Newspaper Page Text
Wednesday, march s, 1922.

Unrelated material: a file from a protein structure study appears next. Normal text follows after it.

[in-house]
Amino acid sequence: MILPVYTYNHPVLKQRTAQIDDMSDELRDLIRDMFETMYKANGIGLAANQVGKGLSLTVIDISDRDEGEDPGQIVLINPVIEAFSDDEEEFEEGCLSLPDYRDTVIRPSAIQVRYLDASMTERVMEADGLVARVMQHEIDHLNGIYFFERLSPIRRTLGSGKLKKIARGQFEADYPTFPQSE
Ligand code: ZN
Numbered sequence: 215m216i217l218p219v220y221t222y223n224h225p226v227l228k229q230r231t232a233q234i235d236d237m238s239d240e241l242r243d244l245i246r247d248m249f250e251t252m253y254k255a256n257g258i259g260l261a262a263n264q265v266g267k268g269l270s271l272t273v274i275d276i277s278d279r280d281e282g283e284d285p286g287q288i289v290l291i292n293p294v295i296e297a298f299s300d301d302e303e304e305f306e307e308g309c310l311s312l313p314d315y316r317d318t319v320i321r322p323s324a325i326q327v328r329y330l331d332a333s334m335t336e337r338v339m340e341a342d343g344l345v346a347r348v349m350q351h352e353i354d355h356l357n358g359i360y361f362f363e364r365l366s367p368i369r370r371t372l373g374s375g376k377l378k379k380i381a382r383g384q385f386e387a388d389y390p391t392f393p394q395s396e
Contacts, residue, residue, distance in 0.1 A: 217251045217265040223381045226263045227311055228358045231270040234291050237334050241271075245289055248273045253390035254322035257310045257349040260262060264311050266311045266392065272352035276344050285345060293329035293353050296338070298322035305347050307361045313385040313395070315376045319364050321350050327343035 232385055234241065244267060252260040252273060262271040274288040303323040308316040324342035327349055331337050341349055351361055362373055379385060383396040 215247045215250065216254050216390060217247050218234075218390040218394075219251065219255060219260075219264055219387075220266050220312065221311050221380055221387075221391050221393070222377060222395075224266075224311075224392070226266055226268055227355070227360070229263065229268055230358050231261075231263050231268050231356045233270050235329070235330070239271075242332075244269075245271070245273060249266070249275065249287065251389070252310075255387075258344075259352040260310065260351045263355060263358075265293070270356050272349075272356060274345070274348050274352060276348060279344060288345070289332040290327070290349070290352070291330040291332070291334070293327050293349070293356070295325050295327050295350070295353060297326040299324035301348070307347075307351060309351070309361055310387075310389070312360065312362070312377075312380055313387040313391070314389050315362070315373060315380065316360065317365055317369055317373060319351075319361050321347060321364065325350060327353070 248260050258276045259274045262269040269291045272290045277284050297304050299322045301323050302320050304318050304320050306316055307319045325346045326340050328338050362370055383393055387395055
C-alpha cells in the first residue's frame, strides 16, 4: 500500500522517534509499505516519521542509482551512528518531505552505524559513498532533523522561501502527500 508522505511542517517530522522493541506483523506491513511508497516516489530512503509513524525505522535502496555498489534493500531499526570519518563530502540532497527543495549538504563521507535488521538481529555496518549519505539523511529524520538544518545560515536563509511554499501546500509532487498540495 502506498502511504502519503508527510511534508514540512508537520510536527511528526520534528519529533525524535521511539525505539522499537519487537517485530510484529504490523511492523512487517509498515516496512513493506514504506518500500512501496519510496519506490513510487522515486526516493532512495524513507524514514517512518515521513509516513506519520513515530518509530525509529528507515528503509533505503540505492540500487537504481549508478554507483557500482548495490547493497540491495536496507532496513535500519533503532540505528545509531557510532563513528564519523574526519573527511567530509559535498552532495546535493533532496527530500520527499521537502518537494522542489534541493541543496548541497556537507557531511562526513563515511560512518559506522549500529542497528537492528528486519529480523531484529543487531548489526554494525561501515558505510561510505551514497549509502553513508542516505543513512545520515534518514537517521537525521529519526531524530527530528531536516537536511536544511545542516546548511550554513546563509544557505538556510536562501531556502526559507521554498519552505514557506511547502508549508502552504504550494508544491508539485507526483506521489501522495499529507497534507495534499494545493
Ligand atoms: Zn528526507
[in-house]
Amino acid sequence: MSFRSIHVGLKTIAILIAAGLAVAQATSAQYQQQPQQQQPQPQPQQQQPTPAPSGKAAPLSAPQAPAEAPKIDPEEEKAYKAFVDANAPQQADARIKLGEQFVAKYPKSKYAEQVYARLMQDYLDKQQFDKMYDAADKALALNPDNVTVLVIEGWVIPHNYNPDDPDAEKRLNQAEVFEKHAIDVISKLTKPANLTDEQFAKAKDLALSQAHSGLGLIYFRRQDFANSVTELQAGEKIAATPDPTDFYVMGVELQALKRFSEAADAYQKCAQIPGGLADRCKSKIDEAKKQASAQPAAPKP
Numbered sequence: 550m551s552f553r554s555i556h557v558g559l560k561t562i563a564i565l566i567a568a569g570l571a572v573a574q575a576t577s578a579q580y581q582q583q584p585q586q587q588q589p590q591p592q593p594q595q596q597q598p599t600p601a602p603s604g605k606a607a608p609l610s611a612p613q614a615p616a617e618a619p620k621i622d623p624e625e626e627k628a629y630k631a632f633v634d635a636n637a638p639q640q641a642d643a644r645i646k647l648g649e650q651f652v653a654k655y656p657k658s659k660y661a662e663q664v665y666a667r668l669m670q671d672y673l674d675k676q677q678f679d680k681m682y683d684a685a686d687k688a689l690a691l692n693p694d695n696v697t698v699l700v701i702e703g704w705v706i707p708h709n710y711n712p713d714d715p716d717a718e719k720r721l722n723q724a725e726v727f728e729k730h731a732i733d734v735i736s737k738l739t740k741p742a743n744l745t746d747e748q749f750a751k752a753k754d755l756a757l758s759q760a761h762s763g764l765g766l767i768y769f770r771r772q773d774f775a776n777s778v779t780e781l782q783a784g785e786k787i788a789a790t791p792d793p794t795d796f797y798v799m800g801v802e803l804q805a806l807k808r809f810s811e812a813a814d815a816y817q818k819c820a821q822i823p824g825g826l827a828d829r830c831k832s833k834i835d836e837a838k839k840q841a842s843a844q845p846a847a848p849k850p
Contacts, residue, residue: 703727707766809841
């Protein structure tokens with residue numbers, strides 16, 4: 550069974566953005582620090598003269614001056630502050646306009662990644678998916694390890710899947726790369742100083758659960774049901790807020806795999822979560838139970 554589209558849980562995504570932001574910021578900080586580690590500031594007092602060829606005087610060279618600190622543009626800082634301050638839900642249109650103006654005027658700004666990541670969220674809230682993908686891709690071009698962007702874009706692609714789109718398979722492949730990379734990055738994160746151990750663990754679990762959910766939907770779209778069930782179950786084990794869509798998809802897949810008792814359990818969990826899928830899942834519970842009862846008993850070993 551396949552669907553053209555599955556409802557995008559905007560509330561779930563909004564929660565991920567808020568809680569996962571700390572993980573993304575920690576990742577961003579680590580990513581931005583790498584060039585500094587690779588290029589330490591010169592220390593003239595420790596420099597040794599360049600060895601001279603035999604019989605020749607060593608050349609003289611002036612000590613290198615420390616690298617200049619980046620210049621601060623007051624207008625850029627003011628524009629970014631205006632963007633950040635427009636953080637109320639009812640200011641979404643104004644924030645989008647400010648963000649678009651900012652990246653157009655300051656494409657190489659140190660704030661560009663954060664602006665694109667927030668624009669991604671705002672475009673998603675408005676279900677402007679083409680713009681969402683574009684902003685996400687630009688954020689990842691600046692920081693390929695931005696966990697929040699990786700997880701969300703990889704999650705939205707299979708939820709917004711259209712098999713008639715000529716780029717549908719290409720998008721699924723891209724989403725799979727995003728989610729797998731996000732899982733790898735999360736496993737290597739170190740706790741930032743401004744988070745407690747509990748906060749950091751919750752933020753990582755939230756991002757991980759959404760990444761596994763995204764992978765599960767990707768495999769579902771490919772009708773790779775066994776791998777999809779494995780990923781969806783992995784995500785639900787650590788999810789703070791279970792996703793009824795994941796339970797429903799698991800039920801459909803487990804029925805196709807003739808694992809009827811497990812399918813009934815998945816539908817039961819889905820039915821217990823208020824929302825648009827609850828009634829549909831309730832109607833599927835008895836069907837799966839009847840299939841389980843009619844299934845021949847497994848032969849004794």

TOWNLEY ADMITS LEAGUE FAILURE LEADER OF THE NONPARTISANS, HOWEVER, HAS A NEW SCHEME TO PRESENT. Socialism under the name the Non partisan League was a complete fail ure in North Dakota. No better authority for this Is to be found than A. C. Townley himself, the 1. an who changed the Socialist party of that state to the Nonpartisan league, and who lias always been the national president of the organization. Having recently sjient ninety days in jail for seditious utterances during the war, Mr. Townley evidently hud considerable time to think and about the first thing lie did after being re leased was to make a speech in Min neapolis In which he confessed the ut ter failure of the “program” in North Dakota, saying it was hardly to be ex pected that success could come with a “bunch of dubs” in office, evidently re ferring to the Nonpartisan officials of that state who had recently been re called by a vote of the people. Admits Failures. • Then, on Washington's birthday, Mr. Townley appeared in Lincoln, Neb., for an address before a gathering of the Noppartlsan league and the new Liberal party. In this address Mr. Townley said “he was forced to the conclusion that, first, the league can not win the offices; second, If they do win them they can not hold them, and, lastly, that too many damned rascals and incompetents were put into office by the League.” This frank admission by the head of the Nonpartisan League should greatly appeal to the farmers of Wyoming win; had been fed up on the statements that the League was the one grand thing and that the record In North Dakota was perfect, only “Wall Street” was lying about it. In his Lincoln, Neb., address, Mr. Townley frankly admitted there was no hope for the Nonpartisan League as a movement when all the time of its sjieukers had to be taken up in debat ing “free love and socialism.” Will Change Name. However* all thia does not mean that Mr. Townley has given up his desire to socialize the nation. Far from IL Oh the 18th of February he inet with a large number of radicals in Chicago, there to put over a scheme which he ‘•alls tlie “balance of power” plan, but which is the same us the Non-partisan league, in that he proposes to make the farmers the “goats” in an organ ization wltii the radicals and force all Into the primaries of one of the old parties and nominate the men for of fice who will agree, in advance, to the “nationalization” of the leading Indus tries of this nation. It is the same us the Nonpartisan league scheme of “stealing” parly organizations, but the beauty of the plan from the standpoint of the radical leaders is, tlint a name is to be used which will “get the farm ers.” That name is to be the “Na tional Farm Bloc,’’ it being reasoned by those who adopted this, that with what is called the “farm bloc” in Con- tiie charges of socialism, radi calism and un-Anierieanlsm will not hold because instead of |n>lnting to the men who are using this name, they will jHilnt to the character of men In Con gress who are recognized as belonging to the “farm bloc” In that laxly. Having agreed to this scheme, dele gates from the gathering, led by Mr. Townley and Ben Marsh, who was the publicity agent for Martens when he was in tills country as soviet ambassa dor, met the following Monday with a gathering composed of the socialist leaders and radical organizers of ev ery kind and description. Here again Mr. Townley was successful in his move for deception. This body—ami mind you every radical organization In the nation was represented excepting the communists and the 1. W. W., it would not do to admit their connection with the move—adopted the plan out lined by Townley, the “balance of power” scheme, or w'uit will go to the farmers of this nation as the “Nation al Farm Bloc.” Socialist* Approve. According to the New York (’all, the leading socialist daily paper in the na tion. and which gave much space t > reporting gatherings ami editor ially commended the plan adopted, Wyoming Is one of the states immedi ately to be organized under this scheme through taking over wbnt is called “the shell of the Nonpartisan League" organization. A national committee man for the state whose home Is at Orin Junction has been named. The Nonpartisan League organizers have found the game a hard one in Wyoming. The purpose of the move ment, tin* character of the leaders an.l organizers, the failures made in North Dakota, were given too much promi nence to make organizing a success. Under the new scheme, however. It is hoped the farmers and business men of the state may be deceived. » The name “National Farm Bloc” does not carry with it the odium of the nnino socialism or the Nonpartisan League The organizers —-and new and more ex pert organizers may be expected on the scene soon—-will come wearing new clothes and denying any relationship whatever with socialism or radicalism in this nation. They will continually hold out thi' assumption that tlie move ment Is one to benefit the farmers through getting backing for the “farm bloc” as It exists In Congress. it might be well to say in passing, that flic Farm Bureau Federation has nothing whatever to do with this new movement. Brief News Notes From All Parts of Wyoming (Wmuto N»wip»p«r L'oloo Service.) Maggie Carter, colored, 104 years old, said to be the oldest person in Wyoming, died at Cheyenne recently. S. S. Hellger, former of the Embar ranch, made an unsuccessful attempt at suicide by slushing his throat with a knife when thrown in jail at Thermopolis for drunkenness. Fifty years ago, March 1, 1872, Yel lowstone park was brought Into being. Ulysses S. Grant signed the Act of Dedication which established rhe park “as a public or pleasure ground for the benefit and enjoyment of the people.” Governor Carey has appointed Bruce Nowlin of Dubois to be state game and fish commissioner, succeeding the late W. T. Judkins of Riverton. The ap pointee is the son of D. C. Nowlin, who was state game warden for nine years. Tlie number of applications to graze stock on the Medicine Bow forest this year is somewhat of a surprise to local forest officers considering existing con ditions. There are indications that tlie comer has been turned in the indus try. The sum of $237,000 due the state of Wyoming from payments made by the United States shipping board to tlie Department of tiie Interior for petrol eum produced on federal lands in Wyo ming, Is to be paid to tlie state imme diately. A party of Union Pacific engineers, headed by Mr. Struwing, who has made headquarters at Lyman, Neb., the past six months, have been en gaged in surveying south of LaGrange, says the Goshen Hole News. Streu wlng is reported to be seeking a satis factory grade for running an extension of the Union Pacific railroad from Yoder to the main line at or to the east of Cheyenne. The first and only Wyoming temple of the dramatic order of the Knights of Khorassan, the playground of the Knights of Pythias lodge, has been in stituted at Casper with the initiation of a large class. Lester Bentley of Pocatello, Idaho, representing the im perial prince of the order, was in at tendance. together with Groves Moyer of Laramie, grand chancellor of the Knights of Pythias in Wyoming. Confined to ills bed in the Red Des ert region south of lender for nearly three weeks, until his supply of food ran out. and still suffering intense pein, Dick Baker, who had been round ing up horses in that region, was forced to take to his horse in an effort to reach Tender and was picked up In a serious condition before he readied his destination. The condition of his feet necessitated the amputation of six toes. The Wyoming Wool Growers’ Asso ciation Ims started a concerted action Jo bring about the immediate strict en forcement of the truth-in fabric act passed by the last State Legislature. If tills cannot be easily procured through the state and county officials the association will take It .up through city ordinances. Rawlins recently passed such an ordinance and it is un derstood that the city and county will co-operate in the enforcement of the law. Postmaster Beltz at Laramie has re ceived instructions from J. A. t’rulcJt sinink of Cheyenne, chief clerk in the railway mail service, directing him to continue the temporary messenger service between Iji ramie and Walden and Coalmont. Colo., until the regular service can be re-established over the Colorado, Wyoming and Eastern rail road, which has been greatly hamp ered with snow. The special service carries first and second class mail twice a week. Harry C. Margntts, a native of Eng land; Albert Pingitzer, a native of Germany; Arthur J. Strouts, a native of Great Britain ; Ole Rian, a native of Norway, and John Erickson, a native of Sweden, were admitted to citizen ship at Laramie. The High School Week at the Uni versity of Wyoming, which will he held during the week beginning March 13, will be larger than ever before, it be ing expected that the university and the community will be called upon to entertain at least 350 guests. The committee consisting of Gov ernur F. Chatterton, Henry Keating and J. N. Wicks, that some time ago made a trip to Omaha and Chicago in the interest of the proposed cut-off be tween the Burlington and Northwest ern between Shoshoni and Bonneville, has not been letting up on the Job since its return to Riverton. Tlie mem bers have been In continuous corre spondence witli tiie railroad officials but not having received any definite or satisfactory responses, and having ascertained that tin* Interstate Com merce Commission often uses Its good offices In such matters, the commit tee took the mutter up witli that body. Mrs. C. 11. Muenchmeyer of Ther mopolis was elected president of the American Legion auxiliary department of Wyoming at tlie closing session of tiie state convention at Casper recent ly. Mrs. Frank S. King of Cheyenne was made vice president and Mrs. Burke H. Sinclair of Casper was made treasurer. The secretary will be ap pointed by the executive committee. J. H. Loberg, Sweetwater homestead er, is under arrest In the county jail nt Lander following ills apprehension by police officers at Caspar on a chargi of cattle rustling*. STRAWBERRY ONE OF BEST FRUITS Plants Are Easily Handled and Can Be Purchased at Small Cost From Nurseryman. REQUIRE VERY LITTLE SPACE May Be Grown in Hill* or in Narrow or Wide-Matted Row*—Give Fre quent Cultivation and Hoe ing During Season. .Prepared by the UniUd State* Department of Agriculture.) Strawberries are so easily handled and require so little room, that if only one of the small fruits can be grown they should be the one select ed. New plants may be purchased at small cost from a nurseryman, or per haps may be obtained from a neighbor. Strawberries may be grown in hills or in narrow or wide matted rows, says the United States Department of Agriculture. For very small areas, plants set in hills close together will no doubt produce the most and largest fruit, but will require more care than matted rows. For hill growing, set tiie plants one foot apart in the row and have the rows just far enough apart to cultivate easily, say from two co three feet; or set rows a foot apart in double rows and have a space of two or three feet between the double rows. Keep all runners cut off and give good cultiva tion. so as to make extra strong plants. Some of the choicest varieties for hill culture are the Marshall and Chesa peake of the single crop kind and the Superb and Progressive of the ever bearing varieties. The everbearing varieties will no doubt be most satis factory for hill culture. Starting for Matted Row*. To start matted rows, set the plants 18 Inches apart in rows from three to four feet apart. For a narrow matted row, train the first runners along the row, covering about a foot in width, and cut off all later runners. From four to six new plants from each plant set will make a narrow row. For wide matted row*, save enough new plants to make the row two feet wide, or more, as desired. Do not let the plants crowd each other; have them four to six inches apart. Set strawberry plants early in the spring, if possible, so they will get the l>eneflt of spring rains and make a strong early growth. Trim off the dead leaves and all but one or two of the live ones and cut the roots to about Everbearing Varieties Are Most Satis factory for Hill Culture. four inches Jong. Spread the root* somewhat and set tiie plants just as deep as they were before they were dug. Be especially careful not to set them deeper and do not get earth over the growing tips, for tlds will probably kill the plants. Give newly set strawberries frequent cultivation and hoeing during the en tire season to keep down the weeds and make strong plants for fruiting the next year. Pick off all blossom buds which appear except in the case of fall-bearing varieties, on which blossom* may Im* Jest after August 1 to fruit In the fall. When the ground freezes cover the plants or the entire bed with about two inches of straw or other vegetable matter free from weed seeds. Coarse strawy manure, with the fine portions shaken out, is excellent for this purpose. The ob ject of zhis winter covering is to keep the ground from freezing and thawing with each change In tempera ture, because this freezing and thaw ing will slowly lift the plants out of the ground. Nitrate of Soda Help*. In the spring when the plants begin to blossom spread nitrate of soda along each side of the row. using one pound to 80 feet of row. If the ground hn* not been mulched, cultivate and then mulch with vegetable matter between the rows, so ns to conserve the moisture from the spring rains. If the bed !■ to be saved for another year, rake off the mulch as soon as the crop is gathered, and hoe or pull out the older plants, leaving only enough of the younger ones to send cut runners to make a new narrow or wide matted row, as desired. Old beds may be cleaned up, as just mentioned, by hoeing or plowing the spaces between rows and leaving the youngest plants in the row. It is gen erally best, however, to start a new bed every second year. LET TURNIPS FOLLOW SOME EARLIER CROP Good Stand Depends on Weather and Soil Conditions. Customary Method la to Sow the Seed Broadcast and Trust to Luck for Good Yield—Store in Pits or a Cool Cellar. (Prepared by ch* United State* Department of Agriculture.) Throughout the greater part of the North, the old settlers say, “Plant turnips the 25th of July whether wet or dry.” While this is not absolutely true, it is customary to planp turnips the latter part of July on land from which an early crop of potatoes, beets, or some other early vegetable has been removed. The securing of a good stand of turnips depends, first, upon having the soil in excellent condition and, second, on weather conditions at the time of sowing the seed. Either extremely wet or prolonged dry weather will greatly* Interfere with getting a good stand of turnips. The usual custom is to harrow the ground to a smooth, even surface, then sow the seed broadcast, trusting to Turnips Can Be Planted After an Early Crop of Potatoes, Beets or Some Other Vegetable. natural agencies to slightly cover ft. If a light shower falls shortly after the seed is sown, this will not only cover the seed but give the plants a good start. Sometimes turnips are planted in rows with a seed drill and cultivated. This method is desirable, especially where the crop is grown in a small way, but the customary method is to sow the seed broadcast and trust to luck to bring a good crop. Turnips may remain in the ground almost until it is cold enough to freeze the soli about them. If left too long, however, they become pithy. The usual method of saving turnips is to first pull them and throw them in plies, then with a sharp knife cut off the tops about one-fourth inch above the turnip. The turnips can then be stored in pits, being covered first with straw, then with earth, or placed in a cool cellar, the same as for Irish potatoes. Turnips in the pits will not be Injured by moderate freezing, pro vided they are not disturbed while frozen. It Is best, however, to place enough straw and soil over them to prevent them from freezing to any ex tent. IN TAKING FARM INVENTORY Miscellaneous Collection of All Kinds of Supplies Should be Listed Together. On every farm at inventory time there will be found a miscellaneous collection of all kinds of supplies, such as purchased feeds, seed, fertilizer, twine, nails and lumber. These, to gether with the amount of manure on hand, are all listed under the heading “Supplies,” according to inventory methods worked out by the United States Department of Agriculture. Nails, bolts, screw’s and the like can well be listed as one Item, regardless of varying sizes and kinds, giving the approximate number of pounds. Where a definite system of carrying such shop supplies is in use, as Is the case on some of the well-organized, large farms, the quantities of the dif ferent items of this nature are easily counted or weighed and appraised ac curately. This kind of property, like machin ery and tools, has been bought by the farmer and should therefore be ap praised at cost, plus any expense In curred in getting it to the farm. For example, if a ton of bran is bought for $44, $1.25 spent for freight on It, and 75 cents’ worth of man and horse labor needed to haul it from the station to the farm, the appraisal should be made at the rate of $46 a ton. IMPORTANT ORCHARD SPRAYS Insecticides Are Made Use of for Killing Insects and Fungicides for Diseases. Sprays for orchards are divided in to two classes—insecticides and fun gicides. Fungicide is the name denot ing a spray used for diseases caused by fungi. Insecticides are divided in to three classes, sprays being made to kill insects of different character istics. Stomach poisons are for killing chewing insects, repellent sprays are to prevent Insects from laying eggs, which hatch out detrimental larvae, contact sprays kill those Insects that get their food by sucking. Bordeaux mixture and lime sulphur solution are the most Important fungicide sprays. The most important Insecticide sprays are arsenate of lead, purls green, to bacco. kerosene emulsion and soaps- SI,OOO Reward will be paid for information lead ing to the arrest and conviction of any person or persons killing or stealing stock belonging to W. R. COE Cody, Wyoming Ghe HOOVER I 1 ?-. Best Vacuum Cleaner I 1 on E7>e Market SHOSHONE ELECTRIC LIGHT ANO POWER CO. j 5 Cowboys! Ranchers! Now is the Time to Shoe Your Horses! You Can’t Beat Scotty The Blacksmith ; I FOWLER S 1 I NEW & SECOND HAND STORE* I Highest Cash Price Paid I | for Hides, Pelts and Furs At the Old Place on Sheridan Avenue, Cody, Wyoming g Successor to (Lambert’s 2nd Hand Store) Our Hobby ■ Is Good n ‘ :■ ■ rs . .. Ask to see S ; Printing samples of S • our busi- S J ness cards. < ’ ■■■ 1 "■ visiting S • ■ cards, ;■ J wedding j, and other invitations, pam phlets. folders, letter heads, J statements, shipping tags, < envelopes, etc., constantly I; I carried in stock for your j! J accommodation. Get our figures on that ! printing you have been j J thinking of. ■* New Type, Latest Style Faces :■ TALES FROM BIG CITIES U. S. Sailor Starts |gd| _ T"\ ENVER. —This Is the story of how Herbert Coleman started an epi demic of kindness In the United States navy which promises to spread tn every battleship left unscrapped by the Washington conference. Herbert Coleman is an Illinois lad, who got his start nt Allendale farm, where many a handicapped boy has been helped to make a new beginning under the sympathetic care and wise discipline of Capt. Edward L. Bradley. When he graduated he went to Great Lakes, and o. little later found himself aboard the New York In Brooklyn. On Christmas shore leave, he en- PAGE THREE DWIGHT E. HOLLISTER Attomey-at-Law Cody, Wyoming Pioneer Bldg. Phone 98 DO IT NOW Send us the price of a year’s subscription if you are in arrears. Something in Navy countered a mite of shivering human ity. “Needs fillin’,” he said. The “fillin’ ” was done —at mess. The gobs chipped in and the scrap was set ashore, warmed and fed, and with a new outfit. But Coleman had started something Since then every Christmas has seen a party <»n board the New York for the “neglected kids.” Whatever port the flagship of the Atlantic squadron happened to lie in at Yuletide —Invita- tions have been issued to the Salva tion Army or other agency to bring the neediest youngsters aboard for a Christmas treat. Every year the party has grown. The second year It was a dozen; the third year fifty, and last year, 300. It happened the New York was ly ing at Bremerton, Wash., last Christ mas, and .he Tennessee caught the idea and entertained an overflow party of 100. Now there is no know ing where it may stop. Coleman has been ill In the naval hospital in Denver. He is better again. 1